Illinois lawmakers will hold the state’s first hearing on sports betting on Wednesday in Chicago, as the state gears up to put together sports betting legislation for the 2019 session.
Representative Bob Rita (D-District 28), who has been the Democratic point person on Illinois gaming issues for five years, arranged the hearings, which will be before both the Gaming and Sales and Other Taxes House subcommittees.
The goal of the hearings is to bring stakeholders and lawmakers together in order to craft passable legislation for the next session.
City of Chicago, Illinois Horse Tracks and Video Gaming Organizations to Speak at IL Sports Betting Hearing Wednesday.
The expected participants at Wednesday’s hearing represent government, municipalities, horse tracks, video gaming interests and others. A second hearing in October in Springfield will address sports betting, online gaming, fantasy sports.
According to a press release, the following people/groups are expected to speak at Wednesday’s hearing:
- The State Legislature’s Commission on Government Forecasting and Accountability on Senate Bill 7 as amended in the House;
- Rita on his House amendment to Senate Bill 7;
- City of Chicago;
- Rockford, Waukegan, South Suburbs and Danville;
- Horse tracks seeking slots and table games – Fairmount, Hawthorne and Arlington;
- Companies seeking to legalize sweepstakes machines;
- Video gaming organizations – Illinois Gaming Machine Operators Association, Illinois Retail Gaming Operators Association, Illinois Licensed Beverage Association; and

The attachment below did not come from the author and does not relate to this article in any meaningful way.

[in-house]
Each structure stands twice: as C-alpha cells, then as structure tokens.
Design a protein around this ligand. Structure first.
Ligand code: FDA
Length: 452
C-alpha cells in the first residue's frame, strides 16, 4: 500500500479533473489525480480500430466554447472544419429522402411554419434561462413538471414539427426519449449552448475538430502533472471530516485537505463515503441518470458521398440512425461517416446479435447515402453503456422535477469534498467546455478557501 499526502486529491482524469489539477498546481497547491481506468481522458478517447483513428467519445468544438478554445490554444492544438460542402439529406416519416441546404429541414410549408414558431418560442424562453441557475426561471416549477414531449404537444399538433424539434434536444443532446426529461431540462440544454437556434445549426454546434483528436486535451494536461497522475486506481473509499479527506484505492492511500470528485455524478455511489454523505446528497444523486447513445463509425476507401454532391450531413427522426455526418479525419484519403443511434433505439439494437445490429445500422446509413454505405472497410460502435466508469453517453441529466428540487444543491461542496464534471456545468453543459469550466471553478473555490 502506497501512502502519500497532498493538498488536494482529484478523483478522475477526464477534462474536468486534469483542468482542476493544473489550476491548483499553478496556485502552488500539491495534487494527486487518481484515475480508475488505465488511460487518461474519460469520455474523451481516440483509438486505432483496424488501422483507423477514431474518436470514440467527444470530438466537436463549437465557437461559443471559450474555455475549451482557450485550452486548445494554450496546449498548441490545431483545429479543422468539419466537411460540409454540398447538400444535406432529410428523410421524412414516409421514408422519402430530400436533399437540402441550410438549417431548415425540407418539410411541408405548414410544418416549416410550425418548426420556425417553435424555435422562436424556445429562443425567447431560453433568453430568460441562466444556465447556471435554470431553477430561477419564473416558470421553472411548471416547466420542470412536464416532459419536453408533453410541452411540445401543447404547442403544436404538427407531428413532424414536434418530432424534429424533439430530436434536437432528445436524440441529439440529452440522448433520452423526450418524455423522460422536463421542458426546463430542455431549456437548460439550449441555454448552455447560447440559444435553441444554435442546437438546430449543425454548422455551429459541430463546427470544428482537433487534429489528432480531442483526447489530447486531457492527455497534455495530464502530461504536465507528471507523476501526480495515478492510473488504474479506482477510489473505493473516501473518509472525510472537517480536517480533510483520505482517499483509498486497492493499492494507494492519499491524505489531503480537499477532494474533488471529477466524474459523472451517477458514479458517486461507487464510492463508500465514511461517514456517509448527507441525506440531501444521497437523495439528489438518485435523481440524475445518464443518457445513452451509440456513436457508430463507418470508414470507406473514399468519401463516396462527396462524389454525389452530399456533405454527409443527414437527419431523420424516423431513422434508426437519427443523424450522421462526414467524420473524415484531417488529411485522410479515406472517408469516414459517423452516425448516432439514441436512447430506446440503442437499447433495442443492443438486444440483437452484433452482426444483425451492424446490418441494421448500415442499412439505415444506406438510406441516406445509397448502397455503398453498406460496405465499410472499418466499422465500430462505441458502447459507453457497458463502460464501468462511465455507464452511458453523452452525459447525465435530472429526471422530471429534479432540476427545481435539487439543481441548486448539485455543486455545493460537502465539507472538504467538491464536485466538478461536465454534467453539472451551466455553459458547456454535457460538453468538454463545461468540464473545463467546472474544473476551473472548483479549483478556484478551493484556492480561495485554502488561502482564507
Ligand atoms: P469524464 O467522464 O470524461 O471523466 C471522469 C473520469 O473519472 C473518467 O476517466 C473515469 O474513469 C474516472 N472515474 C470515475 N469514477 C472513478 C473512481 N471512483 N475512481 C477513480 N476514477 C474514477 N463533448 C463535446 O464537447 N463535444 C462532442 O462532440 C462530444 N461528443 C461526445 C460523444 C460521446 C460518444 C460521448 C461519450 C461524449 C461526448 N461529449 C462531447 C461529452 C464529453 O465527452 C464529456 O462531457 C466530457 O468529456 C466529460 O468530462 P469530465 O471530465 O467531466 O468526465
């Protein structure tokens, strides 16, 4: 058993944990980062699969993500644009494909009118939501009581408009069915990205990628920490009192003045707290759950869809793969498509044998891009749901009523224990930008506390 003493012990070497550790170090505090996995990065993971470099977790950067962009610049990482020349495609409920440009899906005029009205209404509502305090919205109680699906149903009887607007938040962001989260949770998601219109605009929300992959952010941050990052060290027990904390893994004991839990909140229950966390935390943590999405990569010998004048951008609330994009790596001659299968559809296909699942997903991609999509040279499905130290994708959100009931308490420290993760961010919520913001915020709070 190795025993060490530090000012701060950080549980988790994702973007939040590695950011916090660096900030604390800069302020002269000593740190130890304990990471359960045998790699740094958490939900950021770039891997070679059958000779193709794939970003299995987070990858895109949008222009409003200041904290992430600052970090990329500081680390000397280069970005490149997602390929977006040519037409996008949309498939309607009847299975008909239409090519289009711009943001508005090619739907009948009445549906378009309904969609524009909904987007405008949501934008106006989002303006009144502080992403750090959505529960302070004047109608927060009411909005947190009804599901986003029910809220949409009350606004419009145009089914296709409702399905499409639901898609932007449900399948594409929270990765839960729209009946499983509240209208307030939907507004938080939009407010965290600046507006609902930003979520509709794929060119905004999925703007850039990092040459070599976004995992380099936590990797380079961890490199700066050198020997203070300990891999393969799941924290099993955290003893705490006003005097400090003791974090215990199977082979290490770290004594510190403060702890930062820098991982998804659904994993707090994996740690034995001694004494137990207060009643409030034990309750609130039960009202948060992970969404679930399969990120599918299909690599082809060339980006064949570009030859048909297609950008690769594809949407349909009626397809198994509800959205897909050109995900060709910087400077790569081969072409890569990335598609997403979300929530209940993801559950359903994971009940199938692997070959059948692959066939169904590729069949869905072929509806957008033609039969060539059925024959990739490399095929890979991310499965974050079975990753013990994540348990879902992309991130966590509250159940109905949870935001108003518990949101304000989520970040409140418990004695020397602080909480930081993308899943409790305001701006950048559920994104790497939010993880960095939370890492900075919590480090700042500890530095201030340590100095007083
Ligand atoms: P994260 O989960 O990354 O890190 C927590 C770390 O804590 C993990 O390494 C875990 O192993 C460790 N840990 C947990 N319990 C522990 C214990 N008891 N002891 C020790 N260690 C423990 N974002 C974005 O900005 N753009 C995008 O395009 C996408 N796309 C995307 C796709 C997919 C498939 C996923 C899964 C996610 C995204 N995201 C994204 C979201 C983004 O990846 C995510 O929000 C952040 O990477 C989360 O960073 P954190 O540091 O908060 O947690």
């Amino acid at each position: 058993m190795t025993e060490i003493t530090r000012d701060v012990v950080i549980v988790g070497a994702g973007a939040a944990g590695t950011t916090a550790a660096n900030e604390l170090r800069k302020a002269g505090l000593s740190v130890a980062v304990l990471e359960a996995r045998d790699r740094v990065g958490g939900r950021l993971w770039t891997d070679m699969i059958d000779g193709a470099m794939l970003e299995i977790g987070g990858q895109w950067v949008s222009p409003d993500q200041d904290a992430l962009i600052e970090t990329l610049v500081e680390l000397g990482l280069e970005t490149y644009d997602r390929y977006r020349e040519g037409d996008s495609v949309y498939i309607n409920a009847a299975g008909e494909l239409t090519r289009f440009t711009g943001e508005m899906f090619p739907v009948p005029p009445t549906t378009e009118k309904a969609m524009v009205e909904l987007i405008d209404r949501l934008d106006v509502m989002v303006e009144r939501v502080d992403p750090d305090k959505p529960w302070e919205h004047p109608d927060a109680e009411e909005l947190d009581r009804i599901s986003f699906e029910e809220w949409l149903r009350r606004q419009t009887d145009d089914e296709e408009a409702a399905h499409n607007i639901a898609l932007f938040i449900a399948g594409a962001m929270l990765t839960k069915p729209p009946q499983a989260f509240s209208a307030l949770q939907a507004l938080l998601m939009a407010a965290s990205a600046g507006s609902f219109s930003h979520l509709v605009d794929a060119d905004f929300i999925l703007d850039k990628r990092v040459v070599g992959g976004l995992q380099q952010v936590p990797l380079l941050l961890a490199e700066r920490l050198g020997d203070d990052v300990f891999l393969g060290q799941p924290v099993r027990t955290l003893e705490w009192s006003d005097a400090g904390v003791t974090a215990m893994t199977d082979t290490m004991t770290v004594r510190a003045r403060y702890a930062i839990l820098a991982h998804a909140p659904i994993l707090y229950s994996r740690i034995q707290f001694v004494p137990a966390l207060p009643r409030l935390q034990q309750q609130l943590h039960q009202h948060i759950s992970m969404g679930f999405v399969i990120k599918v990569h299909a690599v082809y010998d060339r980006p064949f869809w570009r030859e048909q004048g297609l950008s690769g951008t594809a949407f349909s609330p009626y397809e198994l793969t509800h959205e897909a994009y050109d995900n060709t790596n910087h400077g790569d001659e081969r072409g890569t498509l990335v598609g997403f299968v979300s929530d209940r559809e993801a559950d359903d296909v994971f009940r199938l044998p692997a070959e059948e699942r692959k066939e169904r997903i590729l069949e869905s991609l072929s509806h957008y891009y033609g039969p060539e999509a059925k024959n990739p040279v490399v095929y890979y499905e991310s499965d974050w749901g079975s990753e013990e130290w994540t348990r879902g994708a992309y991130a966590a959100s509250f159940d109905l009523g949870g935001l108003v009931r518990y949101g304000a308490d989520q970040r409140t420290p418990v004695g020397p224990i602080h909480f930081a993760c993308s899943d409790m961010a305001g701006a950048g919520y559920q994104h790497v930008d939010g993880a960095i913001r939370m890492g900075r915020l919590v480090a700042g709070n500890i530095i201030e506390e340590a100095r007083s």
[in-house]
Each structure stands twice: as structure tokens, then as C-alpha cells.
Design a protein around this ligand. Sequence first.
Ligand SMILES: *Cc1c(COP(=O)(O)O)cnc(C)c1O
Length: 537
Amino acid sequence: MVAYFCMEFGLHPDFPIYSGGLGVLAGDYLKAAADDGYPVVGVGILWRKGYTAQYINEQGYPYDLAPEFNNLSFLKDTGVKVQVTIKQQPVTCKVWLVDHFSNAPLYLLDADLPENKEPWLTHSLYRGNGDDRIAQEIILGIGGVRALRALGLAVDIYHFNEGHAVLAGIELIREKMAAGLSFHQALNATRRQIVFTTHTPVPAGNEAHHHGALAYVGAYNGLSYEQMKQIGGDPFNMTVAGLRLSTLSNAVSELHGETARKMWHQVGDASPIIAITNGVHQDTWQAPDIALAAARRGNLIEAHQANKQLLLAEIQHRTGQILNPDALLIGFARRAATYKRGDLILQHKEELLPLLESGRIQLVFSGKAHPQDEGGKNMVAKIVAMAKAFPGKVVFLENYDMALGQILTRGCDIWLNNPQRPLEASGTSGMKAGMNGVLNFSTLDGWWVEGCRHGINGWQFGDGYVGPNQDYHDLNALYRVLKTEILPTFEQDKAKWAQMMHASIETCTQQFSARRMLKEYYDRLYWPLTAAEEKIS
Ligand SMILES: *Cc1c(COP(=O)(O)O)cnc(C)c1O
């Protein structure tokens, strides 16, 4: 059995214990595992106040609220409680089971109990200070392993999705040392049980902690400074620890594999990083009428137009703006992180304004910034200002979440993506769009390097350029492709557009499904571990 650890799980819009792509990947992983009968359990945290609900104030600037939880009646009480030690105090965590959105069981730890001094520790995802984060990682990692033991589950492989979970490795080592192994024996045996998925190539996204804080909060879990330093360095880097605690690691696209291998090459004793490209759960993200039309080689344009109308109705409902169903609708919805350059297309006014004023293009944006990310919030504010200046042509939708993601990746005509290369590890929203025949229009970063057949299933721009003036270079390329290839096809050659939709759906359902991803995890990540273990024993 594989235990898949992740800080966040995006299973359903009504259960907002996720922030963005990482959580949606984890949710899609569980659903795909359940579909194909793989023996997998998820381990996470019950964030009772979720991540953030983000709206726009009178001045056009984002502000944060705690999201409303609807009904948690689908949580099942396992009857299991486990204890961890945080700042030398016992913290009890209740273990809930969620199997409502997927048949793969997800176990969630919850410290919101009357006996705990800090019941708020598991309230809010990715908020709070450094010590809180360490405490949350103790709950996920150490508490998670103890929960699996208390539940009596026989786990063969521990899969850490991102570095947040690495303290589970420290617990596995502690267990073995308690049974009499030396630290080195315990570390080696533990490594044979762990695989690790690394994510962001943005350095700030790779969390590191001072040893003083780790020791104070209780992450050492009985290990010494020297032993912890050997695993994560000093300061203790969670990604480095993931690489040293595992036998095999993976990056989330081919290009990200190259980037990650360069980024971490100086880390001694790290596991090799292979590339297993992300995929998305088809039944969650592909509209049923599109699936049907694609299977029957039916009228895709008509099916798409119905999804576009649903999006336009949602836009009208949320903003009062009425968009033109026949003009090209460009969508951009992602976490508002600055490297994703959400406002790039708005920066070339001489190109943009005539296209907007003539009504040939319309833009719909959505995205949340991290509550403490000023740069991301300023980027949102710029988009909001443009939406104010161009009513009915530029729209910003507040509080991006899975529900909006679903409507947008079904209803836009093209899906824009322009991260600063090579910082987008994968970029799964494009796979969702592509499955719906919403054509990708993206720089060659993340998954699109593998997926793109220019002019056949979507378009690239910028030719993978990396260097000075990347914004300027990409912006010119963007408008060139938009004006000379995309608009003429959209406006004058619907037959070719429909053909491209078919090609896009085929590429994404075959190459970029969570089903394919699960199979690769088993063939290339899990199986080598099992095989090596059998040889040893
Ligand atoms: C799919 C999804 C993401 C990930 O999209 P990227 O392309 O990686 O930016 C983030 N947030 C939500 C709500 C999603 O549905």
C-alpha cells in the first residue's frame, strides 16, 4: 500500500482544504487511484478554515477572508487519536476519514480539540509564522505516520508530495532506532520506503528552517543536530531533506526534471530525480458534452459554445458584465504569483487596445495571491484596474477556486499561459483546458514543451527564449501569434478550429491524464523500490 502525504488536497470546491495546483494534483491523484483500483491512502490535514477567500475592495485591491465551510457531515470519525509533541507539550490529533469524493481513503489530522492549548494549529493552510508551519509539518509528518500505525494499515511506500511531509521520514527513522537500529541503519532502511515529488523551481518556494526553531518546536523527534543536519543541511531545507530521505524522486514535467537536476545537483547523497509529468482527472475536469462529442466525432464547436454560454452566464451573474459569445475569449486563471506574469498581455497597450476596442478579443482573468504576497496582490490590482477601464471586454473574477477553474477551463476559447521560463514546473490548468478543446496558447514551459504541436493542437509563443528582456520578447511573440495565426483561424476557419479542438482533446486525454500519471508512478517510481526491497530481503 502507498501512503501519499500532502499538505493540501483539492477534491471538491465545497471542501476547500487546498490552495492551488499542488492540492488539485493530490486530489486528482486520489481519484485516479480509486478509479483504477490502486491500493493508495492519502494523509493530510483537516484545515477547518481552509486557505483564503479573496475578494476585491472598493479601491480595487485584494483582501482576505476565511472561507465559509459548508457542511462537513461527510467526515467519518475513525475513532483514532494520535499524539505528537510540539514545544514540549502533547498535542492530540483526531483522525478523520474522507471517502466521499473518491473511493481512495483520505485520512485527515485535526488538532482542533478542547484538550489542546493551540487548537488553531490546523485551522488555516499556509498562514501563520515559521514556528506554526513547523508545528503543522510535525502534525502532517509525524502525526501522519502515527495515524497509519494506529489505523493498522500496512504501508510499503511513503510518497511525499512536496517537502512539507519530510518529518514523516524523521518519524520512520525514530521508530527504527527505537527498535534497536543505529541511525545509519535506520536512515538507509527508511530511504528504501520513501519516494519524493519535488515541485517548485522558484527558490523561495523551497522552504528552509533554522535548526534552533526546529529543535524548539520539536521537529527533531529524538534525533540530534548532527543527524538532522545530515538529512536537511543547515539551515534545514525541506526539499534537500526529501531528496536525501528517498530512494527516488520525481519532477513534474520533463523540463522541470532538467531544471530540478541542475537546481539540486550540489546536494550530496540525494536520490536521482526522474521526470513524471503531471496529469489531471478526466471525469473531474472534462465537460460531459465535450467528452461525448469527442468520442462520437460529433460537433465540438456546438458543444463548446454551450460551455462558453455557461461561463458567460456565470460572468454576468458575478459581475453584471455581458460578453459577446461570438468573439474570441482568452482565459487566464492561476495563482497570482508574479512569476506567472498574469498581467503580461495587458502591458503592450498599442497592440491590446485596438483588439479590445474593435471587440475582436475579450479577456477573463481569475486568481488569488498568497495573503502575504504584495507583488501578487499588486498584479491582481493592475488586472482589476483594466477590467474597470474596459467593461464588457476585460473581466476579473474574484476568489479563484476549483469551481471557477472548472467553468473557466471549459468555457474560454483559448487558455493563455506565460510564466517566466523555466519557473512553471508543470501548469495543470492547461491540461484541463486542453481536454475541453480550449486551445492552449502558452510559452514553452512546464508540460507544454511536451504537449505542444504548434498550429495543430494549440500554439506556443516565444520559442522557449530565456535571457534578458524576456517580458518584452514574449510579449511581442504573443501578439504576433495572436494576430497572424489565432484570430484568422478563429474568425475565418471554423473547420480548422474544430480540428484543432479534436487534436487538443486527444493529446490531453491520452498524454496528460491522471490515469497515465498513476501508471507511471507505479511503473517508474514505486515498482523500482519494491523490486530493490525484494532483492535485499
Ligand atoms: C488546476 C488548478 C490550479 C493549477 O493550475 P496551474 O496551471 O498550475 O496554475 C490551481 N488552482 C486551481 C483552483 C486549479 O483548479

- Opponents to Senate Bill 7.
Rita’s SB 7 , which would create a Chicago Gaming Authority, amend the Illinois Lottery law and establish an internet gaming board, was one of several sports betting initiatives in the Illinois state legislature last session. The bill would lay the groundwork for sports betting. Other proposals included Senator Steve Stadelman’s (D-District 34) SB 2478 and Senator Napoleon Harris’ (D-District 15) SB 3432, but neither got out of committee. There has also been much back-and-forth between those lawmakers that want to push forward with sports betting and those who want to take a slower approach.
Some IL Lawmakers Have Been Trying to Legalize Sports Betting for 5 Years, But Have Been Unable to Build a Consensus.
State lawmakers have been trying to legalize sports betting for five years, but there has not be a consensus and no bills have been passed. Illinois currently has 10 live horse racing tracks and 10 commercial casinos, including several owned by national gaming corporations.
The driver behind Illinois’ desire for sports betting is… money.
Illinois reportedly has the lowest credit rating in the U.S. and is $16 billion in debt. While sports betting alone won’t erase that debt, it could be a start.
“As I have said from the beginning in working on this issue, gaming expansion presents many tremendous opportunities to create revenue, jobs and economic growth in Illinois,” Rita said in a July 31 press release. “The gaming landscape has changed significantly since I took on this issue five years ago, and I want to use these hearings to understand how those changes present new opportunities for us to put the right package together as we look to meet budget needs and provide a spark for our economy.”